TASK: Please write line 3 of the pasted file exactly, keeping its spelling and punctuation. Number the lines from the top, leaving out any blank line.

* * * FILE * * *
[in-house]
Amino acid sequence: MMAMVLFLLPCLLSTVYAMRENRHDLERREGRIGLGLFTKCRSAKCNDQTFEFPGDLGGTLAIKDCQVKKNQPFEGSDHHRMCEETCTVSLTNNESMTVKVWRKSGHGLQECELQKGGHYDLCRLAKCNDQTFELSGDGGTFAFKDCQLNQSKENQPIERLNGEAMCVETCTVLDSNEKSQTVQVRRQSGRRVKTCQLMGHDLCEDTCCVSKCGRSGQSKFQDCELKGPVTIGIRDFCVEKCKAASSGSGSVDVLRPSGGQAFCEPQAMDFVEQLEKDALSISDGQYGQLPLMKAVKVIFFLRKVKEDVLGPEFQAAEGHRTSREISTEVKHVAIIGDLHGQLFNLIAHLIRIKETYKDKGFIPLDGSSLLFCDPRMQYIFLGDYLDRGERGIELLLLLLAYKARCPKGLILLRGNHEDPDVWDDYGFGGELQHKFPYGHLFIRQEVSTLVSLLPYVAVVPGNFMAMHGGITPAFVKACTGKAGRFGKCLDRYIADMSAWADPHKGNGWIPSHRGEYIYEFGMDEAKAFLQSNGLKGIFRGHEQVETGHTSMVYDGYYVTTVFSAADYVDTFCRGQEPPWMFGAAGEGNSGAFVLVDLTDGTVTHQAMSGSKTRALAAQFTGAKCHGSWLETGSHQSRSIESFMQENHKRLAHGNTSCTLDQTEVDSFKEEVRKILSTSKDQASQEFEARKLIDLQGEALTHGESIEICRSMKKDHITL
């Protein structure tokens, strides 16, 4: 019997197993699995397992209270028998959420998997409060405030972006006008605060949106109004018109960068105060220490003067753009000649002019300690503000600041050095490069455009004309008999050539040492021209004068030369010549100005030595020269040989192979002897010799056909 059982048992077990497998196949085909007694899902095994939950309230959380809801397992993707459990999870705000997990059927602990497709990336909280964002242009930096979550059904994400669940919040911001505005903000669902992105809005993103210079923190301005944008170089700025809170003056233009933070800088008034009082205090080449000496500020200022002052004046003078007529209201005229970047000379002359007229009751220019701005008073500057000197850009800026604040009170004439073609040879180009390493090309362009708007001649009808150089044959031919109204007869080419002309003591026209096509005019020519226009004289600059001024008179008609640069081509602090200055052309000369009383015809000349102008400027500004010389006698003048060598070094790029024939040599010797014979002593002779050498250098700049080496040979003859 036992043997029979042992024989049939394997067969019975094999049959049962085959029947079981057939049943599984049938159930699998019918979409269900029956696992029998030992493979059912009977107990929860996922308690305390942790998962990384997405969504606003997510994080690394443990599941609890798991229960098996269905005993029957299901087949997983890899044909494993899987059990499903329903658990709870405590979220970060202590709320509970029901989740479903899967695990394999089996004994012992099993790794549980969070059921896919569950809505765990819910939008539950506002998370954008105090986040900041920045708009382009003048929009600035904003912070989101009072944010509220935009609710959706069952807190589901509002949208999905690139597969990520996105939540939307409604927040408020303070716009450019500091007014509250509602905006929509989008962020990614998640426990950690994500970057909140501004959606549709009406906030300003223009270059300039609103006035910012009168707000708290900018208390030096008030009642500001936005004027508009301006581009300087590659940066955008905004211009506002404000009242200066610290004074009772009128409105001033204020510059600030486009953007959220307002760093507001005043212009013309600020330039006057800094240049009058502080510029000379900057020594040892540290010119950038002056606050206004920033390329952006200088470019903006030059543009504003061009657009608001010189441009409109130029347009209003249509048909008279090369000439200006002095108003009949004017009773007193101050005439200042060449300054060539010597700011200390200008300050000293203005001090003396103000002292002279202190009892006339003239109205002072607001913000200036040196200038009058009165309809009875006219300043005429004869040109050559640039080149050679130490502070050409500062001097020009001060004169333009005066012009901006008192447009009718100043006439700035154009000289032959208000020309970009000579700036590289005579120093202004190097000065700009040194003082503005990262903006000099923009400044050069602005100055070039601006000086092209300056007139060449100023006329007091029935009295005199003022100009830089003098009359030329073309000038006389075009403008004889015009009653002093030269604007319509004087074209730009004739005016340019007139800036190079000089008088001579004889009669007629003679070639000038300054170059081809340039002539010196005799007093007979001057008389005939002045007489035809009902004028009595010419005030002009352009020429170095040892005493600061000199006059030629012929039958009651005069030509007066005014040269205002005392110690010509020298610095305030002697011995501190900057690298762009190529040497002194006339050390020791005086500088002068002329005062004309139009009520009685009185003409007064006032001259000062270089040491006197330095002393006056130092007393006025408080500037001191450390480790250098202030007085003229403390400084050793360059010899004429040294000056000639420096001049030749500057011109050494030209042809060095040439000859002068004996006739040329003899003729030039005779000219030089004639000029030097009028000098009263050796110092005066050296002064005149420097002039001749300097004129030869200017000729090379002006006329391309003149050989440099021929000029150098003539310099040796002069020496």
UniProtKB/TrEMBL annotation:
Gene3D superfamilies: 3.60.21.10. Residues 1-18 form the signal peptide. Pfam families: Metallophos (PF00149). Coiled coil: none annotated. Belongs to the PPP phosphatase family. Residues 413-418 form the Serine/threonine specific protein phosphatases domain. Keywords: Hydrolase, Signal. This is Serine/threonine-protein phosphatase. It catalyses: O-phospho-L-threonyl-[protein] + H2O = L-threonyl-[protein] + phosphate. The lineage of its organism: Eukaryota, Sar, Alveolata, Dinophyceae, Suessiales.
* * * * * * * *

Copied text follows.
């Protein structure tokens, strides 16, 4: 019997197993699995397992209270028998959420998997409060405030972006006008605060949106109004018109960068105060220490003067753009000649002019300690503000600041050095490069455009004309008999050539040492021209004068030369010549100005030595020269040989192979002897010799056909 059982048992077990497998196949085909007694899902095994939950309230959380809801397992993707459990999870705000997990059927602990497709990336909280964002242009930096979550059904994400669940919040911001505005903000669902992105809005993103210079923190301005944008170089700025809170003056233009933070800088008034009082205090080449000496500020200022002052004046003078007529209201005229970047000379002359007229009751220019701005008073500057000197850009800026604040009170004439073609040879180009390493090309362009708007001649009808150089044959031919109204007869080419002309003591026209096509005019020519226009004289600059001024008179008609640069081509602090200055052309000369009383015809000349102008400027500004010389006698003048060598070094790029024939040599010797014979002593002779050498250098700049080496040979003859 036992043997029979042992024989049939394997067969019975094999049959049962085959029947079981057939049943599984049938159930699998019918979409269900029956696992029998030992493979059912009977107990929860996922308690305390942790998962990384997405969504606003997510994080690394443990599941609890798991229960098996269905005993029957299901087949997983890899044909494993899987059990499903329903658990709870405590979220970060202590709320509970029901989740479903899967695990394999089996004994012992099993790794549980969070059921896919569950809505765990819910939008539950506002998370954008105090986040900041920045708009382009003048929009600035904003912070989101009072944010509220935009609710959706069952807190589901509002949208999905690139597969990520996105939540939307409604927040408020303070716009450019500091007014509250509602905006929509989008962020990614998640426990950690994500970057909140501004959606549709009406906030300003223009270059300039609103006035910012009168707000708290900018208390030096008030009642500001936005004027508009301006581009300087590659940066955008905004211009506002404000009242200066610290004074009772009128409105001033204020510059600030486009953007959220307002760093507001005043212009013309600020330039006057800094240049009058502080510029000379900057020594040892540290010119950038002056606050206004920033390329952006200088470019903006030059543009504003061009657009608001010189441009409109130029347009209003249509048909008279090369000439200006002095108003009949004017009773007193101050005439200042060449300054060539010597700011200390200008300050000293203005001090003396103000002292002279202190009892006339003239109205002072607001913000200036040196200038009058009165309809009875006219300043005429004869040109050559640039080149050679130490502070050409500062001097020009001060004169333009005066012009901006008192447009009718100043006439700035154009000289032959208000020309970009000579700036590289005579120093202004190097000065700009040194003082503005990262903006000099923009400044050069602005100055070039601006000086092209300056007139060449100023006329007091029935009295005199003022100009830089003098009359030329073309000038006389075009403008004889015009009653002093030269604007319509004087074209730009004739005016340019007139800036190079000089008088001579004889009669007629003679070639000038300054170059081809340039002539010196005799007093007979001057008389005939002045007489035809009902004028009595010419005030002009352009020429170095040892005493600061000199006059030629012929039958009651005069030509007066005014040269205002005392110690010509020298610095305030002697011995501190900057690298762009190529040497002194006339050390020791005086500088002068002329005062004309139009009520009685009185003409007064006032001259000062270089040491006197330095002393006056130092007393006025408080500037001191450390480790250098202030007085003229403390400084050793360059010899004429040294000056000639420096001049030749500057011109050494030209042809060095040439000859002068004996006739040329003899003729030039005779000219030089004639000029030097009028000098009263050796110092005066050296002064005149420097002039001749300097004129030869200017000729090379002006006329391309003149050989440099021929000029150098003539310099040796002069020496």